Let's forego the drama of another late night nail biter, and stamp this thing out now. E-mail your Senators from the CBD's S. 2110 Action Alert page. Or send a letter, fax, or phone them. Those numbers and addresses are two clicks away.
Nelson's Checkermallow, Sidalcea nelsonia, threatened in Washington
If you would like to know what threatened or endangered species live in your state, go to the U.S. Fish & Wildlife Service's pages. Here, for example, are the federally listed species for Washington State. I have thrown in a few links to species of particular interest to me.
Animals -- 30
E Albatross, short-tailed (Phoebastria (=Diomedea) albatrus)
T Bear, grizzly lower 48 States, except where listed as an experimental population or the Yellowstone population (Ursus arctos horribilis)
T Butterfly, Oregon silverspot (Speyeria zerene hippolyta)
E Caribou, woodland ID, WA, B.C. (Rangifer tarandus caribou)
E Curlew, Eskimo (Numenius borealis)
E Deer, Columbian white-tailed Columbia River DPS (Odocoileus virginianus leucurus)
T Eagle, bald lower 48 States (Haliaeetus leucocephalus)
T Lynx, Canada lower 48 States DPS (Lynx canadensis)
T Murrelet, marbled CA, OR, WA (Brachyramphus marmoratus marmoratus)
T Otter, southern sea except where XN (Enhydra lutris nereis)
T Owl, northern spotted (Strix occidentalis caurina)
E Pelican, brown except U.S. Atlantic coast, FL, AL (Pelecanus occidentalis)
T Plover, western snowy Pacific coastal pop. (Charadrius alexandrinus nivosus)
E Rabbit, pygmy Columbia Basin DPS (Brachylagus idahoensis)
T Salmon, chinook Puget Sound (Oncorhynchus (=Salmo) tshawytscha)
T Salmon, chinook fall Snake R. (Oncorhynchus (=Salmo) tshawytscha)
T Salmon, chinook lower Columbia R. (Oncorhynchus (=Salmo) tshawytscha)
E Salmon, chinook spring upper Columbia R. (Oncorhynchus (=Salmo) tshawytscha)
T Salmon, chinook spring/summer Snake R. (Oncorhynchus (=Salmo) tshawytscha)
T Salmon, chum Columbia R. (Oncorhynchus (=Salmo) keta)
T Salmon, chum summer-run Hood Canal (Oncorhynchus (=Salmo) keta)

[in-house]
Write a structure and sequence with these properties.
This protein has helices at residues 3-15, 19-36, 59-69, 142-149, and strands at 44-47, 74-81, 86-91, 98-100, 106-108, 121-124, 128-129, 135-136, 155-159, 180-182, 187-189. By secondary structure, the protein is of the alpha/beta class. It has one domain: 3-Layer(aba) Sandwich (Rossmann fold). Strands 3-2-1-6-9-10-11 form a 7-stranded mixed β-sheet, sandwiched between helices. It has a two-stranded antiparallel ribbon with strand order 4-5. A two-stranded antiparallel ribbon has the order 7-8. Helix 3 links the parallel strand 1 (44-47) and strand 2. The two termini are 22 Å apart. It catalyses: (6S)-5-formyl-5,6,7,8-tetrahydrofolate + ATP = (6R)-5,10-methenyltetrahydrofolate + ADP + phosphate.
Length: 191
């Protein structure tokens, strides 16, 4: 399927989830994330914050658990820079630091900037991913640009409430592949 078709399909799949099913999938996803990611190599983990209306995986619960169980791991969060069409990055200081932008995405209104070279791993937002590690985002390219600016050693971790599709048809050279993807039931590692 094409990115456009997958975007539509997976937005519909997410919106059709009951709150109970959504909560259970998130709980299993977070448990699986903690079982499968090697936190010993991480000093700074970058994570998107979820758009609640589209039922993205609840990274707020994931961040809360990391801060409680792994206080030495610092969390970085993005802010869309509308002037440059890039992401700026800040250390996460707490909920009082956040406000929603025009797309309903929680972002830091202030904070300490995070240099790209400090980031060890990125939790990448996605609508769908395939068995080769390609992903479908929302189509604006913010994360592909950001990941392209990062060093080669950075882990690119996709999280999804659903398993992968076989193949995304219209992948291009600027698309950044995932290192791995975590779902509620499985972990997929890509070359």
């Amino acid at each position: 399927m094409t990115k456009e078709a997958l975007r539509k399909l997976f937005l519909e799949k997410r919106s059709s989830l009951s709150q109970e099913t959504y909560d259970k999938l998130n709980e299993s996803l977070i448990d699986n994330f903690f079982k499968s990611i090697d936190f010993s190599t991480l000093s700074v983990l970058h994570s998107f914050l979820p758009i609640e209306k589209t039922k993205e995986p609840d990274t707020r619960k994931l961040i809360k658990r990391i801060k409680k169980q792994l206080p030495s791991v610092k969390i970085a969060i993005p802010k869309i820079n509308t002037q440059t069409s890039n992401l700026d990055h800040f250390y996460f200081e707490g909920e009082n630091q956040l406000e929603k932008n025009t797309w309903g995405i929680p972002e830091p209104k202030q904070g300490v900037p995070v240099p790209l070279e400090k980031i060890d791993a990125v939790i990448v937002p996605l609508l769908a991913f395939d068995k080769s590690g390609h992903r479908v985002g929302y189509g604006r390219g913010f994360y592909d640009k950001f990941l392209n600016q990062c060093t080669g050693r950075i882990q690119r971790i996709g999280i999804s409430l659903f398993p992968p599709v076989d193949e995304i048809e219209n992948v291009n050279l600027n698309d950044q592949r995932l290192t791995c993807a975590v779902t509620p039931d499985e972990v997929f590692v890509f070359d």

T Salmon, coho Lower Columbia River (Oncorhynchus (=Salmo) kisutch)
T Salmon, sockeye U.S.A. (Ozette Lake, WA) (Oncorhynchus (=Salmo) nerka)
T Sea-lion, Steller eastern pop. (Eumetopias jubatus)
E Sea-lion, Steller western pop. (Eumetopias jubatus)
T Steelhead Snake R. Basin (Oncorhynchus (=Salmo) mykiss)
T Steelhead lower Columbia R. (Oncorhynchus (=Salmo) mykiss)
T Steelhead middle Columbia R. (Oncorhynchus (=Salmo) mykiss)
E Steelhead upper Columbia R. Basin (Oncorhynchus (=Salmo) mykiss)
E Wolf, gray lower 48 States, except MN and where XN; Mexico (Canis lupus)
Plants -- 9
T Catchfly, Spalding's (Silene spaldingii)
T Checker-mallow, Nelson's (Sidalcea nelsoniana)
E Checkermallow, Wenatchee Mountains (Sidalcea oregana var. calva)
E Desert-parsley, Bradshaw's (Lomatium bradshawii)
T Howellia, water (Howellia aquatilis)
T Ladies'-tresses, Ute (Spiranthes diluvialis)
T Lupine, Kincaid's (Lupinus sulphureus (=oreganus) ssp. kincaidii (=var. kincaidii))
T Paintbrush, golden (Castilleja levisecta)
E Stickseed, showy (Hackelia venusta)
The site also features this interesting map:
(click map to interact with your US Fish and Wildlife Service)
We notice at a glance that Hawaii is far and away the "winner" in the category of Most Species Endangered and Threatened. But following the links from this map will lead you to a lot more interesting discoveries. I found a 2-foot long earthworm, not seen since 1978, and then only 40 miles from my childhood home.
And not much further away, still in my back yard really, is the Pygmy Rabbit. Washington's is a relict population, separated from its Great Basin counterparts for thousands of years and genetically distinct. It occupies a very specific niche, requiring Big Sagebrush (Artemisia tridentata) for cover and food and deep, soft, loamy soil for digging its burrows.
And there aren't many left. When it was discovered that the only known group had crashed to 30 individuals, an emergency captive breeding program began, involving Washington State University, the Oregon Zoo in Portland, Idaho Fish and Game, and the Bureau of Land Management. Here's a WSU account of the program. Wouldn't you know it Department: they don't breed like rabbits.
At the same site is one of the most impassioned pleas I have ever read from a scientist, Why Save Pymgy Rabbits? I urge you to read it, and would quote extensively here were I not truly afraid of WSU's benighted, retarditaire, and hostile copyright policy.
video of the little cutie pies in the captive breeding program at WSU
It is entirely possible that there are small groups of these rabbits going undetected; they are not that easy to find in dense brush (insert obligatory Bush joke here). If any do turn up, we need the ESA if we are to have a chance of saving them.
This diary is getting too long. We will leave for another day the tale of the Oregon Silverspot Butterfly (below), the Showy Stickseed, and the others, and close with words spoken by Richard Milhous Nixon as he enthusiastically signed the ESA on December 28, 1973:
"Nothing is more priceless and more worthy of preservation than the rich array of animal life with which our country has been blessed."